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Caribbean Crackdowns: A Really Bad Week For Democracy, Free Enterprise

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A woman walks by a wall sign in Caracas made from Venezuelan currency that in Spanish says: "The constituent assembly is a fraud."

Fears of a dictatorship forming in Venezuela seemed borne out early Tuesday  when the government hauled opposition leaders to jail. But this is shaping up to be a bad week for democracy and free enterprise across the Caribbean.

Venezuela’s socialist president, Nicolás Maduro, had promised to jail many of his opponents once a new constituent assembly was elected on Sunday. That body will now rewrite Venezuela’s constitution to give Maduro sweeping new executive powers that critics call a dictatorship.

True to his word, Maduro had police round up Venezuelan opposition leaders Leopoldo López and Antonio Ledezma. Both were reportedly sent to prison in Caracas.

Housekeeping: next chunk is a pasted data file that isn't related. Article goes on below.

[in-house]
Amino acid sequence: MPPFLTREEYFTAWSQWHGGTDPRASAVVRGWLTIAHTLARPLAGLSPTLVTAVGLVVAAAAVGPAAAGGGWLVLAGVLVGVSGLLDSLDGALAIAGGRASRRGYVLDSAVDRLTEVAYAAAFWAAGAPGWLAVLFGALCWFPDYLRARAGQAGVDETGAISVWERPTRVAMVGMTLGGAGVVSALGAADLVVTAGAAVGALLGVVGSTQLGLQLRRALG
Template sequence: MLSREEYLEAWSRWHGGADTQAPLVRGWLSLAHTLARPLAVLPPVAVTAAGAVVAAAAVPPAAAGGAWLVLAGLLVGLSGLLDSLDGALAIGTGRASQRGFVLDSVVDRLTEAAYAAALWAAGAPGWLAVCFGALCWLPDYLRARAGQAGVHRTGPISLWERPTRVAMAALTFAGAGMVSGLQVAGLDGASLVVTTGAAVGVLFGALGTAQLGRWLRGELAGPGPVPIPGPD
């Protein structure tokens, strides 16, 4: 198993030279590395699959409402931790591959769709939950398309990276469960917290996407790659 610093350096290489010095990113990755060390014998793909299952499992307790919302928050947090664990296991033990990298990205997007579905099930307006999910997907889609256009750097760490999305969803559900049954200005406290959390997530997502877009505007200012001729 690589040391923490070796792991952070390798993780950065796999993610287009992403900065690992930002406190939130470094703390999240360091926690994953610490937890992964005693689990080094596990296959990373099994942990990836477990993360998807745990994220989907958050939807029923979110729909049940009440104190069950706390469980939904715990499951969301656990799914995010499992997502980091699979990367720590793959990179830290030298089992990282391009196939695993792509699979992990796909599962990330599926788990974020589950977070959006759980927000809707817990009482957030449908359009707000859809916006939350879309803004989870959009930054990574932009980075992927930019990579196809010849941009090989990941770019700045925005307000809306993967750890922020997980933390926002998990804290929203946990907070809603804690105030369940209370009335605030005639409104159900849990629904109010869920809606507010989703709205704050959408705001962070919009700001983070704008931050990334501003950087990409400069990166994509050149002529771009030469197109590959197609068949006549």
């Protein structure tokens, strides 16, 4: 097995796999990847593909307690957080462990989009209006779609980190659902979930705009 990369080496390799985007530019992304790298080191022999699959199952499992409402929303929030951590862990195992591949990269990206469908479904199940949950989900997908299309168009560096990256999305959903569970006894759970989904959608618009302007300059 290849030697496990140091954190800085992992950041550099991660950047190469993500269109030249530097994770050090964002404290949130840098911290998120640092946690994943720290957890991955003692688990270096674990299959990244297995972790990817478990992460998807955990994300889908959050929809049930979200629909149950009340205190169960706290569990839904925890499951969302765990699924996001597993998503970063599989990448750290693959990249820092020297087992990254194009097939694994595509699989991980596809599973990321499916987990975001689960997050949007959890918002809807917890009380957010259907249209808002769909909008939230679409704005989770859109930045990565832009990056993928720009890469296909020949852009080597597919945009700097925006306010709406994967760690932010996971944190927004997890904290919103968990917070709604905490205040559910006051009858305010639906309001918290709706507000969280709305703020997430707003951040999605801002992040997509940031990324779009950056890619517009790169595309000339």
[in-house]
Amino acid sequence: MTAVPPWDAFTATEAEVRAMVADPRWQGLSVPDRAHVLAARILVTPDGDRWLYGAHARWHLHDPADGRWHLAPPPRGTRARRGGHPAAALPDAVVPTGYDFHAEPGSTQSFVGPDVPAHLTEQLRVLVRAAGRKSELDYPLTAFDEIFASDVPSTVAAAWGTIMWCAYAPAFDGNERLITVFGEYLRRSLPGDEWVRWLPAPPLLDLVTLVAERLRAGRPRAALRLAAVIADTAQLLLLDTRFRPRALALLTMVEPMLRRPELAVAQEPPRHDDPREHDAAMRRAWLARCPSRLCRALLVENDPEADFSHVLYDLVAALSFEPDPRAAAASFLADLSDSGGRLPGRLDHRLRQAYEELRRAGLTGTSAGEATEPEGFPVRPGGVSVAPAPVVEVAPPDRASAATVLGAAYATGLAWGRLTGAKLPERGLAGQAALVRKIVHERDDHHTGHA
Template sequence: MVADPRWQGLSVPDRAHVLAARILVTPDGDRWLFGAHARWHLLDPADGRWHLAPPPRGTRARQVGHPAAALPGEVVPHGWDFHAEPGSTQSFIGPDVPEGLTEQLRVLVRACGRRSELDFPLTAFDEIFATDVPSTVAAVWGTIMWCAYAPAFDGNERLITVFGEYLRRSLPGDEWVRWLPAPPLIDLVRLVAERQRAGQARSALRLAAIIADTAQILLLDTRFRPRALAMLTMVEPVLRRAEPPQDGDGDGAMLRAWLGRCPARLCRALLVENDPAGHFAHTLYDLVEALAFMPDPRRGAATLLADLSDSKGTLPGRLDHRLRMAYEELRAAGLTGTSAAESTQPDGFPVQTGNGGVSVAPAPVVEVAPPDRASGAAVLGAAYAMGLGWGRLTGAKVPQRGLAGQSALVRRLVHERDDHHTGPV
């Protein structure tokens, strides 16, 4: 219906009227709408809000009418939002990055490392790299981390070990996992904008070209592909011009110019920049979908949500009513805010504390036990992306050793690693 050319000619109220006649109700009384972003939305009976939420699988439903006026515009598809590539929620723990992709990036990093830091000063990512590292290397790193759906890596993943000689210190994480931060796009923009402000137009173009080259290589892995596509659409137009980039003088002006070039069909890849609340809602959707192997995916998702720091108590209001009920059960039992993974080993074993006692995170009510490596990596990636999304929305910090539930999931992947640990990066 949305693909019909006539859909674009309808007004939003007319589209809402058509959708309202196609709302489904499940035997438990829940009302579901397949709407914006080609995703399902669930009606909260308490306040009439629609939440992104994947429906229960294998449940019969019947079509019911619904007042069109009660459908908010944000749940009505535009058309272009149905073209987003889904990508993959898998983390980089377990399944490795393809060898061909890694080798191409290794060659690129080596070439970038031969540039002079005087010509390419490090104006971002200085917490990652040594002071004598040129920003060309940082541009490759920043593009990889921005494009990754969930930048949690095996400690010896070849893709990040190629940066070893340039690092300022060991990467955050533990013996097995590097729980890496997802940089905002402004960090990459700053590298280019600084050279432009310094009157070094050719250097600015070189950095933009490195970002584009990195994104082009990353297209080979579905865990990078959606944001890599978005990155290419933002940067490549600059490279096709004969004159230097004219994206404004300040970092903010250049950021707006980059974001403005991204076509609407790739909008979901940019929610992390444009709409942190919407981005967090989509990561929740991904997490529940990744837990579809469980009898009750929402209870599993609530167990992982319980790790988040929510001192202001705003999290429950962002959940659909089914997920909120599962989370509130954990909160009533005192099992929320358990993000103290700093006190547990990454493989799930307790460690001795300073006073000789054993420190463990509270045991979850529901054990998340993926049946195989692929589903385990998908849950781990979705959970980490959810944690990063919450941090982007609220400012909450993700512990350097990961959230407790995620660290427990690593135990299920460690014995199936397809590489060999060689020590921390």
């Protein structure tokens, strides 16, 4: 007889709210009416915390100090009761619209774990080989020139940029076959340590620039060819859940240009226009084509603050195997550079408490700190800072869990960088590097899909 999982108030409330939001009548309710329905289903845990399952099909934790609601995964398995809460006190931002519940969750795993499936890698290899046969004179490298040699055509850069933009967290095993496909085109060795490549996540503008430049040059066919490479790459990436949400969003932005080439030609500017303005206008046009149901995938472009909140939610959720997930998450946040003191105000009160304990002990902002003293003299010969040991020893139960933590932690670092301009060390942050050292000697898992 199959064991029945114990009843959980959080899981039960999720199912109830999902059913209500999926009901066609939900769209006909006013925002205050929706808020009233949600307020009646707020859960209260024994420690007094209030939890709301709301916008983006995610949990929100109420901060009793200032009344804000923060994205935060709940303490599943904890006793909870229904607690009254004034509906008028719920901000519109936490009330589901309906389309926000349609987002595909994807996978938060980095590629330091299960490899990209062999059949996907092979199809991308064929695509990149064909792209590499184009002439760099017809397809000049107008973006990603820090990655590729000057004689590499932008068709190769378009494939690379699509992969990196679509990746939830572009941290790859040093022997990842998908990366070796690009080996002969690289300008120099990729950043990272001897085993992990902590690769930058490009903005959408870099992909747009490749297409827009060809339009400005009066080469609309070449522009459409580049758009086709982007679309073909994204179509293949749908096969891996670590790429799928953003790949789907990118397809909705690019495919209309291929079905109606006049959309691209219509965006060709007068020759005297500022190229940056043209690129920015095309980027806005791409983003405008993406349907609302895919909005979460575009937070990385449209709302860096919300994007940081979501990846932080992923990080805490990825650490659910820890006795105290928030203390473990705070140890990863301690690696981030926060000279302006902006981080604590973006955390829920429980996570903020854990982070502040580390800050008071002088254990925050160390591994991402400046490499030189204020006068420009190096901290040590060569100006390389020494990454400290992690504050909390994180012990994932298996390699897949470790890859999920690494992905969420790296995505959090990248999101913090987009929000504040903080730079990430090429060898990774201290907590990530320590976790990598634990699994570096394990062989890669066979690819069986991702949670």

It was a chilling reminder of what most of the international community expects to come in Venezuela: a one-party, Cuba-style regime. And as if to remind the world what that means, Cuban leader Raúl Castro weighed in hours later with an authoritarian crackdown in his own country.

Cuba’s communist government announced it’s suspending new licenses for many businesses in the island’s fledgling private sector. Analysts say that’s largely because the regime fears free enterprise has gotten too big and independent in Cuba – and therefore a political threat.

Castro officials had already begun closing down some businesses in recent weeks for supposedly violating government regulations - or, as many Cuba watchers suggested, for being too successful.